Moreover, Hamas controls the education system in Gaza from kindergarten through high school, as well as the religious schools, mosques, and the Islamic universities in Gaza and Jerusalem. The Islamists' social services amount to Gaza's welfare state, providing for the people even as Arafat pampers his security services and bureaucrats. In the West Bank, Hamas could probably gain 30 to 40 percent of the vote for the self-government administration. This is a prospect that chills Arafat enough that he, like the Israeli government, would like to postpone the elections as long as possible.

Like it or not, however, Hamas and the intifada generation represent maximalist but popular aspirations of the Palestinian people. For Israel to salvage something out of the Oslo mess, it should not entirely abandon Arafat, but should help him broaden his base of support to include the intifada generation and the non-terrorist sections of Hamas. After the current wave of suicide bombings, no Israeli electorate will ever accept Hamas as part of a Palestinian negotiating team. But that does not mean that Hamas cannot be indirectly linked to a modified Oslo process. The intifada generation and Hamas, itself a product of the uprising, are popular enough in the West Bank and Gaza that members of anti-Arafat groups will have to be incorporated into the administration of any Palestinian state. Internal elections within Fatah itself would elevate a young, new leadership of intifada veterans. If he wants to survive politically, Arafat will have to appoint individual members of Hamas to various posts in his administration. The West Bank cannot be run by the Palestinian police, an estimated 15,000, and Arafat's security services. But it is not, not should it be, Israel's place to impose the widening of his administration on Arafat. Such a move would only strengthen the perception among Palestinians that Arafat is a "colonial stooge" or "Rabin's Tel Aviv agent," which Hamas already accuses him of being. To strengthen his position, Arafat must reach this conclusion himself—sooner rather than later.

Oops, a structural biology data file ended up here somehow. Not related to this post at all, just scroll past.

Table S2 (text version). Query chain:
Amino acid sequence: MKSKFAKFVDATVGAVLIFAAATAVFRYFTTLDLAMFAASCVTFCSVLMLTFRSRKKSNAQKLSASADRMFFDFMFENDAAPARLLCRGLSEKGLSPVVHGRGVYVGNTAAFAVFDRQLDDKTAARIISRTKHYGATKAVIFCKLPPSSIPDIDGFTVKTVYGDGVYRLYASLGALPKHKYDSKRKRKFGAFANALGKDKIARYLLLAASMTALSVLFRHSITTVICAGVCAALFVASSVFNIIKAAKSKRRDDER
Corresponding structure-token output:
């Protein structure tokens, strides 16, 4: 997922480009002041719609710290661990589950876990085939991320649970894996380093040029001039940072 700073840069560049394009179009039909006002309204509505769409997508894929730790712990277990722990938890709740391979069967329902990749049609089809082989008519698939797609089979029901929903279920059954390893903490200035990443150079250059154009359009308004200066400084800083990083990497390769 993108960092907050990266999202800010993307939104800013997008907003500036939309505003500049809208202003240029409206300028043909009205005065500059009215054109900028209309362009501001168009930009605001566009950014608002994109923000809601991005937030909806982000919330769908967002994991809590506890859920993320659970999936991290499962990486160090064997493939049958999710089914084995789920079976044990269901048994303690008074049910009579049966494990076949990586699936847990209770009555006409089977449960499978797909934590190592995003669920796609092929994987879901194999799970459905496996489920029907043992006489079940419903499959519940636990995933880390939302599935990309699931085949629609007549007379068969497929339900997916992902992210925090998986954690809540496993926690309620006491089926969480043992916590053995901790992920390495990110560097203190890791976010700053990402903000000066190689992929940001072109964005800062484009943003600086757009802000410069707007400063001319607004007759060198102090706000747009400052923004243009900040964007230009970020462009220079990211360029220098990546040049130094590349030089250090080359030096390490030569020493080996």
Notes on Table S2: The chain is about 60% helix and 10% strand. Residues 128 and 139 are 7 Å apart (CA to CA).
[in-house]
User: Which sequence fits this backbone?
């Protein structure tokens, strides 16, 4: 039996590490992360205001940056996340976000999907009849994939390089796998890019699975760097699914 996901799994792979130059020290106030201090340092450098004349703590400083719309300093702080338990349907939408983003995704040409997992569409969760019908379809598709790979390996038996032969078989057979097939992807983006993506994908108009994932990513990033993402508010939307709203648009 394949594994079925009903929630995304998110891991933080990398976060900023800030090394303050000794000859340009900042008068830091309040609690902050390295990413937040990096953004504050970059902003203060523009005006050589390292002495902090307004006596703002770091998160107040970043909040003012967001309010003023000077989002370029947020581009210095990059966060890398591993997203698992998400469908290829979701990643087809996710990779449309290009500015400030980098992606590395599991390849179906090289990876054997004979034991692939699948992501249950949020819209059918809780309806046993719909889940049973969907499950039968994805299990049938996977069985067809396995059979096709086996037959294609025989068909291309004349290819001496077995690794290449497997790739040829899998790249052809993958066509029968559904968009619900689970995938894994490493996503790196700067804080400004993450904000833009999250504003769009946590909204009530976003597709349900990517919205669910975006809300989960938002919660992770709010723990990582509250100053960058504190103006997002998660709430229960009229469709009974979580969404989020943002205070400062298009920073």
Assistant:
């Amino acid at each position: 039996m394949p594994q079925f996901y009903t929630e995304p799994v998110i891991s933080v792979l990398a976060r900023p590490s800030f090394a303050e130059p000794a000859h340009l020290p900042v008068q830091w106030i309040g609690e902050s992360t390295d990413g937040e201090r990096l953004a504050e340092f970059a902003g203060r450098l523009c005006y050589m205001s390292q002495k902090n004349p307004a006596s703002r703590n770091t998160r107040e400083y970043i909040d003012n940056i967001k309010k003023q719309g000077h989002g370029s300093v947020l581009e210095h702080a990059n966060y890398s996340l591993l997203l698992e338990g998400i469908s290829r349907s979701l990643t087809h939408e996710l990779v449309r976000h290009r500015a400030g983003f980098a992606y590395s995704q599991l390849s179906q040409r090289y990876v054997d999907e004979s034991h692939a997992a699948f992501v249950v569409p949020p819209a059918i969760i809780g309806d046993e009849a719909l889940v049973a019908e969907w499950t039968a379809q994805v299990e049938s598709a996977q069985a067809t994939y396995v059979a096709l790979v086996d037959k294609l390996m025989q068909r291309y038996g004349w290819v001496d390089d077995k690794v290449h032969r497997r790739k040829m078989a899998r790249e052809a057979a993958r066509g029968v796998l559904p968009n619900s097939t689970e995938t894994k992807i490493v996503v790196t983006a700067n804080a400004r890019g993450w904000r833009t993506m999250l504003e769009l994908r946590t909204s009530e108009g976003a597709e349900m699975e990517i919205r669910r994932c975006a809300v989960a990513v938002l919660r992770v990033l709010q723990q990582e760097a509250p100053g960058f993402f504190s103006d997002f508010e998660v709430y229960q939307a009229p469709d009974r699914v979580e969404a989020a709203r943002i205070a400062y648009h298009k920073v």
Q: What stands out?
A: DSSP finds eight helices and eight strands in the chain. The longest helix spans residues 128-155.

There has been some talk among pundits of building a wall between Israel and a Palestinian state. This is a fallacy at best, since the two are so inextricably linked. The idea of Palestine as a sovereign state requires prior agreement on boundaries that do not yet exist. Even now, Israel is bent on building settlements whose existence will dictate borders. Israel's negotiations with Syria, Egypt, and Jordan did not involve such a messy handicap as the issue of Jerusalem. So far, separation is merely a slogan. Under present conditions, the separation plan Rabin intends to submit to his cabinet is unlikely to work. The public's soured mood will make it almost impossible for Rabin to cede West Bank lands to the Palestinians as agreed on in Oslo. Thus, separation is a political gimmick, a self-deception by Rabin whose only usefulness is to defend his position against his right-wing opposition.